This month, the Bioethics Research Library (BRL) added several classic films to its collection of DVDs available to students. Here are a few of our favorites:
A Beautiful Mind: A human drama inspired by events in the life of John Forbes Nash Jr., and in part based on the biography A Beautiful Mind by Sylvia Nasar. From the heights of notoriety to the depths of depravity, John Forbes Nash Jr. experienced it all. A mathematical genius, he made an astonishing discovery early in his career and stood on the brink of international acclaim. But the handsome and arrogant Nash soon found himself on a painful and harrowing journey of self-discovery.
Ordinary People: Ordinary People is a 1980 American drama that marked the directorial debut of actor Robert Redford. It stars Donald Sutherland, Mary Tyler Moore, Judd Hirsch and Timothy Hutton. The story concerns the disintegration of an upper-middle class family in Lake Forest, Illinois, following the death of one of their sons in a boating accident. The screenplay by Alvin Sargent was based upon the 1976 novel Ordinary People by Judith Guest. The film received six Academy Award nominations and won four: the Academy Award for Best Picture, Best Director for Redford, Adapted Screenplay for Sargent, and Supporting Actor for Hutton.
If These Walls Could Talk: A 1996 made-for-cable film, broadcast on HBO, If These Walls Could Talk follows the plights of three different women and their experiences with abortion. Each of the three stories takes place in the same house, 22 years apart: 1952, 1974, and 1996, in an effort to portray women coping with unplanned pregnancies in various social climates.
Brian’s Song: Brian’s Song is a 1971 ABC Movie of the Week that recounts the details of the life of Brian Piccolo (played by James Caan), a Wake Forest University football player stricken with terminal cancer after turning pro, told through his friendship with Chicago Bears running back teammate and Pro Football Hall of Famer Gale Sayers (Billy Dee Williams), who helps him through the difficult struggle. The movie is based on Sayers’ account of his friendship with Piccolo and coping with Piccolo’s illness in Sayers’ autobiography, I Am Third.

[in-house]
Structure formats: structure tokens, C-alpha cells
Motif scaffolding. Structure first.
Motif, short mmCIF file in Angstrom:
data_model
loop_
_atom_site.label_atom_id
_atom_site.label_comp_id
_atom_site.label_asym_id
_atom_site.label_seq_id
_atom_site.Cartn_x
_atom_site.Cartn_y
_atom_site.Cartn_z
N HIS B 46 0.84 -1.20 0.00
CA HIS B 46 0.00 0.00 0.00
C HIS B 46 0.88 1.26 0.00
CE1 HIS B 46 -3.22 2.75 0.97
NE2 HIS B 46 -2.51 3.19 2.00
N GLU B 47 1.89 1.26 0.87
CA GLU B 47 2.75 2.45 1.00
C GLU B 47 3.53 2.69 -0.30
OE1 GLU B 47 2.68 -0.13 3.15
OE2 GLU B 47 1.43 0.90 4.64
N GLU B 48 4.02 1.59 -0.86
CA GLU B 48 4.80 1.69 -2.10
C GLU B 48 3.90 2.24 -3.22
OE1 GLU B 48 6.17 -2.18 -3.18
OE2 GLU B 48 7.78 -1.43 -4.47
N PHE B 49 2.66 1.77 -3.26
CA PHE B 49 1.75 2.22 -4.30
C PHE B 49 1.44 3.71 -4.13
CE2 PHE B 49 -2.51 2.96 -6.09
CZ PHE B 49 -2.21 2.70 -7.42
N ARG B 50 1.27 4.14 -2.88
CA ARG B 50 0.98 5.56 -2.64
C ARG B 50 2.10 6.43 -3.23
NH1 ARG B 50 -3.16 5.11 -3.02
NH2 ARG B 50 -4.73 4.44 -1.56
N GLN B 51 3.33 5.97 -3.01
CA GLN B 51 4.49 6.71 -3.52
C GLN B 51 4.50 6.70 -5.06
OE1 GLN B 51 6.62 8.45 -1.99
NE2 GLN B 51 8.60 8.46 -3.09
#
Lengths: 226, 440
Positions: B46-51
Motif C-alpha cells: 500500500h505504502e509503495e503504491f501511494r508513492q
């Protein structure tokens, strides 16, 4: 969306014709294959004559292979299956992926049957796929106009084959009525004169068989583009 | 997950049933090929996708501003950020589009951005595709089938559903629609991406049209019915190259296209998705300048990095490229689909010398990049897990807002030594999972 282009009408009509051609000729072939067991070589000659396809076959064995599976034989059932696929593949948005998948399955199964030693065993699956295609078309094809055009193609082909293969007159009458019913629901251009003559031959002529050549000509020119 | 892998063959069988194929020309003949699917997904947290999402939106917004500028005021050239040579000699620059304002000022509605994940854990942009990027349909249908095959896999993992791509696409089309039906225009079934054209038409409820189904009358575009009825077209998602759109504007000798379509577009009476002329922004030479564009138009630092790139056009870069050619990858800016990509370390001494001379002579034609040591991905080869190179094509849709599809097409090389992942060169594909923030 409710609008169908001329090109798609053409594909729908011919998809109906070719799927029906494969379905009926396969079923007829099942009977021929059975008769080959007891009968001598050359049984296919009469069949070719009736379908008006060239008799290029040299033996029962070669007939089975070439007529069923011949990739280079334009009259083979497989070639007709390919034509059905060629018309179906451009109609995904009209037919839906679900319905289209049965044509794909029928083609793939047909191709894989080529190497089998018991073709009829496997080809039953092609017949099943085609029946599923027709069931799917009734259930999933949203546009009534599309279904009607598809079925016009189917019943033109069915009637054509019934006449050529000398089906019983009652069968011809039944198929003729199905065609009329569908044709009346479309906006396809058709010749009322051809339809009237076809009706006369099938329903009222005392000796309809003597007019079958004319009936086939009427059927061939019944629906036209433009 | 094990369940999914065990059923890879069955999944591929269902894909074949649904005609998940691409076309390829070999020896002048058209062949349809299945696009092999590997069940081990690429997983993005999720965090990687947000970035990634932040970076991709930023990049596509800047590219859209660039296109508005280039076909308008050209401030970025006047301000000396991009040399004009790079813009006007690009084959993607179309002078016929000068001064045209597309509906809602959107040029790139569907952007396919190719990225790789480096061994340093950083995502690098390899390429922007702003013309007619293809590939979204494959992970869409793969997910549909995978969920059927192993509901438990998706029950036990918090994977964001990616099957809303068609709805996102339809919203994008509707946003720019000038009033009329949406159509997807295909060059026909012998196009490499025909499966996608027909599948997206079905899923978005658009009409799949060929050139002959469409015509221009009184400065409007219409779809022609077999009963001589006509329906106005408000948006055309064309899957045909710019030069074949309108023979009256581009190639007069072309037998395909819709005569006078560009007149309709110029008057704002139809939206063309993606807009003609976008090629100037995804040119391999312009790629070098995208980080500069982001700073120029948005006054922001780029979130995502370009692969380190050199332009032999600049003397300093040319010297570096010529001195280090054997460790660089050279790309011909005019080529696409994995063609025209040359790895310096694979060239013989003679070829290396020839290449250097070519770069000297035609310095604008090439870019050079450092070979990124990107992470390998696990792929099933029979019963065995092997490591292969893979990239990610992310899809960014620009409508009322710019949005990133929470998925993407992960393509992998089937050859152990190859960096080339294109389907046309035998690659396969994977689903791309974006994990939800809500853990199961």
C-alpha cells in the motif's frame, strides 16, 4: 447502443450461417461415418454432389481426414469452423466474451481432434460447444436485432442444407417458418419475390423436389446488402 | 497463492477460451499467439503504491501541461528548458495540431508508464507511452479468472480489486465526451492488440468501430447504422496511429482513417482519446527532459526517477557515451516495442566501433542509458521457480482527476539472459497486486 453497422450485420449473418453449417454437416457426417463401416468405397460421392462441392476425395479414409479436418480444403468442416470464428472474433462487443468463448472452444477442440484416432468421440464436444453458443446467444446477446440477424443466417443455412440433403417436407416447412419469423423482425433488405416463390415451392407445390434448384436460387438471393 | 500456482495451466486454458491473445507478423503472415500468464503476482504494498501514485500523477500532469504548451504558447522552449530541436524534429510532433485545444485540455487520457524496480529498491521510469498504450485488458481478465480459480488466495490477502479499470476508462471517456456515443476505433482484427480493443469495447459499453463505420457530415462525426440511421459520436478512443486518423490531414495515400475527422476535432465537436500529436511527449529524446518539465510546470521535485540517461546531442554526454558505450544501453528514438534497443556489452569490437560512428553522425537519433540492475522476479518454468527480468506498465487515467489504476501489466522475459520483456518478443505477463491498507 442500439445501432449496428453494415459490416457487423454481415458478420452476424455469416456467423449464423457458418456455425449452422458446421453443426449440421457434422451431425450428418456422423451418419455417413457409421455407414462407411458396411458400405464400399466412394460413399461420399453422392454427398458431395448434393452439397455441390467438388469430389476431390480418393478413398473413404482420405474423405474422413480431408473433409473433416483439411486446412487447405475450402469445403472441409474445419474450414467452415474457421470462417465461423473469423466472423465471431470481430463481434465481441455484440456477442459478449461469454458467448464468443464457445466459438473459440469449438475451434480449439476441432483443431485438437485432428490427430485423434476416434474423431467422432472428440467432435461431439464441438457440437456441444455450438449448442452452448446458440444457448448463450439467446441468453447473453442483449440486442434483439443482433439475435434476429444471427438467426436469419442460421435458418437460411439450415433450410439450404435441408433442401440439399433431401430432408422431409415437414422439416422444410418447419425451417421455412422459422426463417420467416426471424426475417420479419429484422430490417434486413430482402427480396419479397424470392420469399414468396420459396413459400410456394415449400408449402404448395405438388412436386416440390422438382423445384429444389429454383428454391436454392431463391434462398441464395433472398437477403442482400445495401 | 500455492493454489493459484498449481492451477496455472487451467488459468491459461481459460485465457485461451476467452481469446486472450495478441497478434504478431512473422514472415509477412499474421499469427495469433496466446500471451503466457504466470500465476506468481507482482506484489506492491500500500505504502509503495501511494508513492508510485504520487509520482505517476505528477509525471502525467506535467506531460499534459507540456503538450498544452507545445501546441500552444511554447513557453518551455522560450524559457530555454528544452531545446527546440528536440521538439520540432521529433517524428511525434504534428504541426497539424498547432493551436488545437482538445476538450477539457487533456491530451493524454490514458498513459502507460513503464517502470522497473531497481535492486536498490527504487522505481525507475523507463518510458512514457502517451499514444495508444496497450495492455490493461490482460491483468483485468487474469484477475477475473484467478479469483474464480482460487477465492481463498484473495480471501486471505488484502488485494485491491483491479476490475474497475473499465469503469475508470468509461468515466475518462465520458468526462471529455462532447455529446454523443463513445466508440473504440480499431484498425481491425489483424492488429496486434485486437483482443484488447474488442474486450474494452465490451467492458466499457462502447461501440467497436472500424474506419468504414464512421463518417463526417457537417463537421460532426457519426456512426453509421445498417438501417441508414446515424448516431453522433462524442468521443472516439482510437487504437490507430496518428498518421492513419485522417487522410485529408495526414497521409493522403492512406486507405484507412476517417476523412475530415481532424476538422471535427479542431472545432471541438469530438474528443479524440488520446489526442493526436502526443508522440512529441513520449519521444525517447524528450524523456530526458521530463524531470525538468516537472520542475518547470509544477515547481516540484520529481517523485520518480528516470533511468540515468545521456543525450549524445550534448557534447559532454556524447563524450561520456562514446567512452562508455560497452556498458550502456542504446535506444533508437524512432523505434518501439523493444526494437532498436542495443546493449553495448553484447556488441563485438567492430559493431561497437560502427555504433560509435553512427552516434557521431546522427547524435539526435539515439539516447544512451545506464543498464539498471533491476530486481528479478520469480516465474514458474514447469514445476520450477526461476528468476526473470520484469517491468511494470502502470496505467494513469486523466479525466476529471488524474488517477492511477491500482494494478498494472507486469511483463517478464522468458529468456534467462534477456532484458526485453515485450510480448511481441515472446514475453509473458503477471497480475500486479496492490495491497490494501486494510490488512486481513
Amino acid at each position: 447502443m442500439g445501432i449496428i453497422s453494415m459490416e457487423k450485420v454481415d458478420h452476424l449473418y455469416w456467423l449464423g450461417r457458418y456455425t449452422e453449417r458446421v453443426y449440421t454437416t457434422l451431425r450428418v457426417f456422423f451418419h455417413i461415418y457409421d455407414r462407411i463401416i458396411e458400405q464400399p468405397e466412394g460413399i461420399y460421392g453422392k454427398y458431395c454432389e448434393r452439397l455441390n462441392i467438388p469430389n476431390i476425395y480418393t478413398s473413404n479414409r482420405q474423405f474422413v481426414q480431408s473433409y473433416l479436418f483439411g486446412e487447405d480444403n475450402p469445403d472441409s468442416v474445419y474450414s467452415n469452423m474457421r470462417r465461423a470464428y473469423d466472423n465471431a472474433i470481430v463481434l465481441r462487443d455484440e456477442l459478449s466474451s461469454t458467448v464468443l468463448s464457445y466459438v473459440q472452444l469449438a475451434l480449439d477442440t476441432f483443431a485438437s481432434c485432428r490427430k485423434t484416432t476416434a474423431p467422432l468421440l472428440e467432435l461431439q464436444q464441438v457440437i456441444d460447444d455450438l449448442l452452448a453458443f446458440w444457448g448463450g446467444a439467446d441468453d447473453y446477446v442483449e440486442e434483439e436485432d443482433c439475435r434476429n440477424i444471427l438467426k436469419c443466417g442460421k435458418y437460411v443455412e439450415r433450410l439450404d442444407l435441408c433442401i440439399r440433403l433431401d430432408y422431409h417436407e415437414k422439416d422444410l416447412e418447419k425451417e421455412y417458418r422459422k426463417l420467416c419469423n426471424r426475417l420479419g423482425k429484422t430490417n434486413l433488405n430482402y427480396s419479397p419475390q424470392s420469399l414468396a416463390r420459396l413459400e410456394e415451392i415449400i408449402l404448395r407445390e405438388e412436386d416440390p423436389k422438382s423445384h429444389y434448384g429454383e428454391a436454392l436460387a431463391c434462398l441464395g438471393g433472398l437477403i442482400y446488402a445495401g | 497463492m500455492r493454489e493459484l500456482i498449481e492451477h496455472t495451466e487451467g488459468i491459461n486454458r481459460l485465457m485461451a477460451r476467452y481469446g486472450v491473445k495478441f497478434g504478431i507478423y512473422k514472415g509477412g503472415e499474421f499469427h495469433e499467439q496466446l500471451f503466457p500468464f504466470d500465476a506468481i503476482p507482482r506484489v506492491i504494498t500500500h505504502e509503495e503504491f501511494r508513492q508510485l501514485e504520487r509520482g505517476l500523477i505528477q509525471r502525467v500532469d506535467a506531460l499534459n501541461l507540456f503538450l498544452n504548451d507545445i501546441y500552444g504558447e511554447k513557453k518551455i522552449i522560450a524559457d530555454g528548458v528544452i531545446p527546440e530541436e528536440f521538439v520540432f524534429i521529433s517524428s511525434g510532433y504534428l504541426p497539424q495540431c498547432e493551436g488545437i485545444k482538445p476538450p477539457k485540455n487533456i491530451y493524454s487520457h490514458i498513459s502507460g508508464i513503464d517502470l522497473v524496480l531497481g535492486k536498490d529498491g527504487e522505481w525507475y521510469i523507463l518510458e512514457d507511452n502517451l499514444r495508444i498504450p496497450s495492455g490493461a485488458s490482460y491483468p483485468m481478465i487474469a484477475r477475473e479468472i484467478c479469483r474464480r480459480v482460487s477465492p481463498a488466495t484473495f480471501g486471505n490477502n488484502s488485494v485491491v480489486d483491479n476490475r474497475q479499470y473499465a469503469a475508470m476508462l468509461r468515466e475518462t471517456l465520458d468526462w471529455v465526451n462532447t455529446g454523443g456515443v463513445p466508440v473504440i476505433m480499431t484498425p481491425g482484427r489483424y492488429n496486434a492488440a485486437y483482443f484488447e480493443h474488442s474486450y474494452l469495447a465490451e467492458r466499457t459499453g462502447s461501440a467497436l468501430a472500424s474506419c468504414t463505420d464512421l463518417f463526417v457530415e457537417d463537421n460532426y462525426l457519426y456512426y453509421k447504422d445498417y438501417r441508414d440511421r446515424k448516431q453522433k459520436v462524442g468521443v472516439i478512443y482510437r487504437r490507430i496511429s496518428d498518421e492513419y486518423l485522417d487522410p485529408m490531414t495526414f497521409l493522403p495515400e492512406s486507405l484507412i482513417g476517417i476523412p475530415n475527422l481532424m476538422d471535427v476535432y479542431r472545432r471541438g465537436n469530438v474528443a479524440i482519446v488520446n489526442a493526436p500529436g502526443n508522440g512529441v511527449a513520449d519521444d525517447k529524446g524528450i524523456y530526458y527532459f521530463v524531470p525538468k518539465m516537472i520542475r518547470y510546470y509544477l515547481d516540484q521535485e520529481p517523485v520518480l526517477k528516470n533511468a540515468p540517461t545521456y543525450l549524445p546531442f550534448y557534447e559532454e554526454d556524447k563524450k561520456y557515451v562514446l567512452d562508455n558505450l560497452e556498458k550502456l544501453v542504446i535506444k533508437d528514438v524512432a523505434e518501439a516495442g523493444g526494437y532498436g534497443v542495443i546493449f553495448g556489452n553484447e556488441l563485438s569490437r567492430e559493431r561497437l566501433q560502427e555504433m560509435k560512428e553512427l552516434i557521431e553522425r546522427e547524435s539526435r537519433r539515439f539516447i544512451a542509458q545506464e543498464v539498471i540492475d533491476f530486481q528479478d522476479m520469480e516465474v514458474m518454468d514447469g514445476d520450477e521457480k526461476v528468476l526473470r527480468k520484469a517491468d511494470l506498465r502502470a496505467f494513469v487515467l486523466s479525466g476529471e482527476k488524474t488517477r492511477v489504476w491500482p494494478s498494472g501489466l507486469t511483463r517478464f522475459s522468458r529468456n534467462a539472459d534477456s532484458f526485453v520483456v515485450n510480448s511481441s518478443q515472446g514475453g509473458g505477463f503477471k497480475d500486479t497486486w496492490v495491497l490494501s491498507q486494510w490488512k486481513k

Secret People: When her father is murdered, Maria (Valentina Cortese) moves to London with her young sister. They live with Anselmo (Charles Goldner), a family friend, and resume a normal life. After a few years, Maria and her sister, Nora (Audrey Hepburn), visit Paris with Anselmo. There, Maria meets an old love, Louis (Serge Reggiani), who has become a radical and currently plots to assassinate a world leader. Louis uses Maria to enter London and then convinces her to begrudgingly join their terrorist group.
Cocoon: Cocoon is a 1985 American science fiction fantasy comedy-drama film directed by Ron Howard about a group of elderly people rejuvenated by aliens. The movie stars Don Ameche, Wilford Brimley, Hume Cronyn, Brian Dennehy, Jack Gilford, Steve Guttenberg, Maureen Stapleton, Jessica Tandy, Gwen Verdon, Herta Ware, Tahnee Welch, and Linda Harrison. The film is loosely based on the novel of the same name by David Saperstein.
Junior: Junior is a 1994 American comedy film directed and produced by Ivan Reitman, and starring Arnold Schwarzenegger, Danny DeVito and Emma Thompson. The film was released in the United States on November 23, 1994. The film follows Alex Hesse, an Austrian-American scientist who agrees to undergo a male pregnancy as part of a scientific experiment
Coma: In Coma, Boston medical resident Susan Wheeler (Geneviève Bujold) becomes suspicious when her friend (Lois Chiles) is left in an irreversible coma after a routine procedure. Once she uncovers evidence of other patients being left in comas after undergoing procedures in the same operating room, she fears a conspiracy is afoot. When her physician boyfriend, Mark Bellows (Michael Douglas), is skeptical about her findings, Susan must go it alone to uncover the horrible truth.